SENTINEL: Editor/Legist Patricia Turnier was wondering if you have a message of hope for kids and young people who are in a similar predicament to the one that you were in.
MO: Like I said before, you don’t need to win the lottery or for somebody to come save you. I’m a living testimony to that. If you want to do it, it is possible.
SENTINEL: Attorney Bernadette Beekman says: Your story is incredibly moving and it’s a joy to see your success. Many African-American youth who have not been blessed with the same good fortune of a loving adoptive family and benefactors suffer from an incredible achievement gap, mostly due to lack of educational opportunities. How do you think we can help them?
MO: By devoting the time to sit down with a kid, one-on-one, and just letting them know that they can do it. That’s all that it takes, giving them the confidence.
SENTINEL: Harriet Pakula Teweles says: Your story is not just about beating the odds; it’s nothing short of a miracle. Can we engineer miracles–without the help of angels?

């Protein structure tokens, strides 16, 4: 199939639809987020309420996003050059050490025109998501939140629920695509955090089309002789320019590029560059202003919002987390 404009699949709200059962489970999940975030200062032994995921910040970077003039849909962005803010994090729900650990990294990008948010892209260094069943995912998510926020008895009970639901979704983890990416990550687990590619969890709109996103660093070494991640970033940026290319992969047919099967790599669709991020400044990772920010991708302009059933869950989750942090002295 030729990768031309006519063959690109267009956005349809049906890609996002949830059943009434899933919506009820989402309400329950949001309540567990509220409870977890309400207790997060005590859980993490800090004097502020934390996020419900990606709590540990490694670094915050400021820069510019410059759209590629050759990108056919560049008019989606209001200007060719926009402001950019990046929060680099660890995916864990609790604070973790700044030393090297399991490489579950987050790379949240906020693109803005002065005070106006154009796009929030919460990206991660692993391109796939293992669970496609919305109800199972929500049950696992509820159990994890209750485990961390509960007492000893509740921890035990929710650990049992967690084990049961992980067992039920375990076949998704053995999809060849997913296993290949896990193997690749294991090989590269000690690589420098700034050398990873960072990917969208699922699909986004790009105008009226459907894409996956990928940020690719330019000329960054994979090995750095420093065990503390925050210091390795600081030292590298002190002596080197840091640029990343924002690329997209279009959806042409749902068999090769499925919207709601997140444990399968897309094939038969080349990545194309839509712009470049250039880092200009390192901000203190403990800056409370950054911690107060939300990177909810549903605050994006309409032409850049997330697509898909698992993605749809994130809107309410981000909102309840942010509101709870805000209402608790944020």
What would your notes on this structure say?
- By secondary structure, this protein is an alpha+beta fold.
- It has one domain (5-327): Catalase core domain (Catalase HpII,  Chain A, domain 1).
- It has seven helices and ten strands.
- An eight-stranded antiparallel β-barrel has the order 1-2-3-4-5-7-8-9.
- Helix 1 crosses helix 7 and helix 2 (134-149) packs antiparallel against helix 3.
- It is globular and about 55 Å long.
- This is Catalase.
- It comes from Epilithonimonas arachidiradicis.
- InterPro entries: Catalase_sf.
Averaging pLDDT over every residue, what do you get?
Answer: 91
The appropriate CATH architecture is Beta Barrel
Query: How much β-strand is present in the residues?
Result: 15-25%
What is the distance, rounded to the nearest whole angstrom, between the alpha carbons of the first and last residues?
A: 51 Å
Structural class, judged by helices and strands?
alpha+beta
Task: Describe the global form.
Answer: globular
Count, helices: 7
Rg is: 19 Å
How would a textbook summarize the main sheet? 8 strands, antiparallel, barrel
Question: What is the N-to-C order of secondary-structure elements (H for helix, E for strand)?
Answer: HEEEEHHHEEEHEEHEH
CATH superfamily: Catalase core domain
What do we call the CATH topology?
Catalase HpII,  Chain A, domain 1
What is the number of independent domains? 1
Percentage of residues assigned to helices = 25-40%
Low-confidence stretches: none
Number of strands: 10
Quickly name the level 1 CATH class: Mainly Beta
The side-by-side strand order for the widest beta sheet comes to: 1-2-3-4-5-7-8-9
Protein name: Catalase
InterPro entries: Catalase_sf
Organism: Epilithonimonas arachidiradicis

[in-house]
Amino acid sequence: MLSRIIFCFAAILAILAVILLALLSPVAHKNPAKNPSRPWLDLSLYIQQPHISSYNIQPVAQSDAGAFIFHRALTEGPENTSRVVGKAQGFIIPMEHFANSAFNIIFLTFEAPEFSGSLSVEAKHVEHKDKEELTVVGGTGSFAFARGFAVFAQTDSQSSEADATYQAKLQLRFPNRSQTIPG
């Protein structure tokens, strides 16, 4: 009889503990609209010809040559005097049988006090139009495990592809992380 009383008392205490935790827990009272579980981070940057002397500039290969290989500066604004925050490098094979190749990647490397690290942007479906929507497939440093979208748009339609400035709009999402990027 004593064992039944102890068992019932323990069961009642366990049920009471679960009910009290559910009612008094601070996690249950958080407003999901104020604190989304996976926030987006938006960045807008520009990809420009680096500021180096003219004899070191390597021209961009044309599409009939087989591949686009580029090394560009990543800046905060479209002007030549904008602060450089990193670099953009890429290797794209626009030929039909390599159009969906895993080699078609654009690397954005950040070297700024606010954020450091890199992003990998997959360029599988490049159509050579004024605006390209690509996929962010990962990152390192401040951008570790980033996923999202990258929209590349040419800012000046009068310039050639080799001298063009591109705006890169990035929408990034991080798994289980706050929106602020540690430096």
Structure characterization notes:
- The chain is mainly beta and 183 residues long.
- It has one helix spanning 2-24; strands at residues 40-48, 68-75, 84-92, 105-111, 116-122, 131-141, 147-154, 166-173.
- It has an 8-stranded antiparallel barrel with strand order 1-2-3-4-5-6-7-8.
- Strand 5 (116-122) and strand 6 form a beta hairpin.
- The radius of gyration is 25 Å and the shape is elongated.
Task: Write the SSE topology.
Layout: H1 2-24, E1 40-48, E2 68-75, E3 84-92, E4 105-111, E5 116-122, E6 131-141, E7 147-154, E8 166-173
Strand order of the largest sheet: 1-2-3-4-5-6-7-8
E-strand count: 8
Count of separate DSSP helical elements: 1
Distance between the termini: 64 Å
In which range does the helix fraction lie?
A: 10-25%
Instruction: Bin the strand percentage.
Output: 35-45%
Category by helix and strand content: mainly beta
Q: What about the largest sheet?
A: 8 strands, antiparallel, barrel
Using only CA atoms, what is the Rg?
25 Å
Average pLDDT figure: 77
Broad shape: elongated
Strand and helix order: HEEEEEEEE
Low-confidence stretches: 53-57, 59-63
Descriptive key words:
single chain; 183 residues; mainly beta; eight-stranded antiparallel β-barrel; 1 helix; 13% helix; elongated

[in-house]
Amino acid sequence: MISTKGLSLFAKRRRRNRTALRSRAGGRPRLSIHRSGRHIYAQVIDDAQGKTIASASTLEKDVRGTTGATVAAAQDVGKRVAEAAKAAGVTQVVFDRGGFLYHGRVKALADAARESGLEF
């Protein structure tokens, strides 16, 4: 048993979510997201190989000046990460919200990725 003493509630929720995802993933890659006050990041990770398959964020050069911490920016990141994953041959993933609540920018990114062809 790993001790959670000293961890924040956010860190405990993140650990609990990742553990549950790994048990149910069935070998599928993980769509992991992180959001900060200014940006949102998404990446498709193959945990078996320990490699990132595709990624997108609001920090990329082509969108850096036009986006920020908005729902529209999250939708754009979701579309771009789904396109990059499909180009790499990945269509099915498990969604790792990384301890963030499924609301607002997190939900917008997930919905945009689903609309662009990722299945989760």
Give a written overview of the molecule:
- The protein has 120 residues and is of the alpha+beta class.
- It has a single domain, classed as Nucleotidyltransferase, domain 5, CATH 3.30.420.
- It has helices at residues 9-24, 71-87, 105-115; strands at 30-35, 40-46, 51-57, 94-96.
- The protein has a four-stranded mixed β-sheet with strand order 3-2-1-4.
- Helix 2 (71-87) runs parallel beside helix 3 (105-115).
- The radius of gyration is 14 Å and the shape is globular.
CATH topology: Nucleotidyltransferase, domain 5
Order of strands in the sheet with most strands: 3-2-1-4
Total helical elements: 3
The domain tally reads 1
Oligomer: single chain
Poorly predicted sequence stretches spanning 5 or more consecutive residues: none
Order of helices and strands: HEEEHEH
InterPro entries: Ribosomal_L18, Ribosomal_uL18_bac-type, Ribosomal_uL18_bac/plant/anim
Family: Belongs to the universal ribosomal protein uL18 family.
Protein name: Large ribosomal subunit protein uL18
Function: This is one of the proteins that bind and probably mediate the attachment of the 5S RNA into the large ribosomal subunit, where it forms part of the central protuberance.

MO: That’s the same as asking do you believe in God. Of course, we all need angels. I had to have one over my head throughout my life, even right now. The odds of my making it were slim to none. So you have to have an angel. You have to believe.
SENTINEL: Felicia Haney asks: Do you plan to be a foster or adoptive parent?
MO: I can’t say right now. I’d have to see down the road. But I’d love to look into it and, hopefully, save a life as well.
SENTINEL: Reverend Florine Thompson asks: What would be the one thing you would most like to change about the foster care system?
MO: I think there’s a need for more oversight by social workers, because there are a lot of foster parents who are just collecting checks. They need to look closely into the backgrounds of the people whose hands you’re putting the kids into and then continue to monitor them.
SENTINEL: Is there any question no one ever asks you, that you wish someone would?
SENTINEL: The Columbus Short question: Are you happy?
SENTINEL: The Teri Emerson question: When was the last time you had a good laugh?
MO: I have a good laugh all the time. Very often.
SENTINEL: The bookworm Troy Johnson question: What was the last book you read?
MO: I Beat the Odds.
SENTINEL: Thanks again for the interview, Michael, and best of luck with the book and with the Ravens next season.
MO: Thank you, Kam.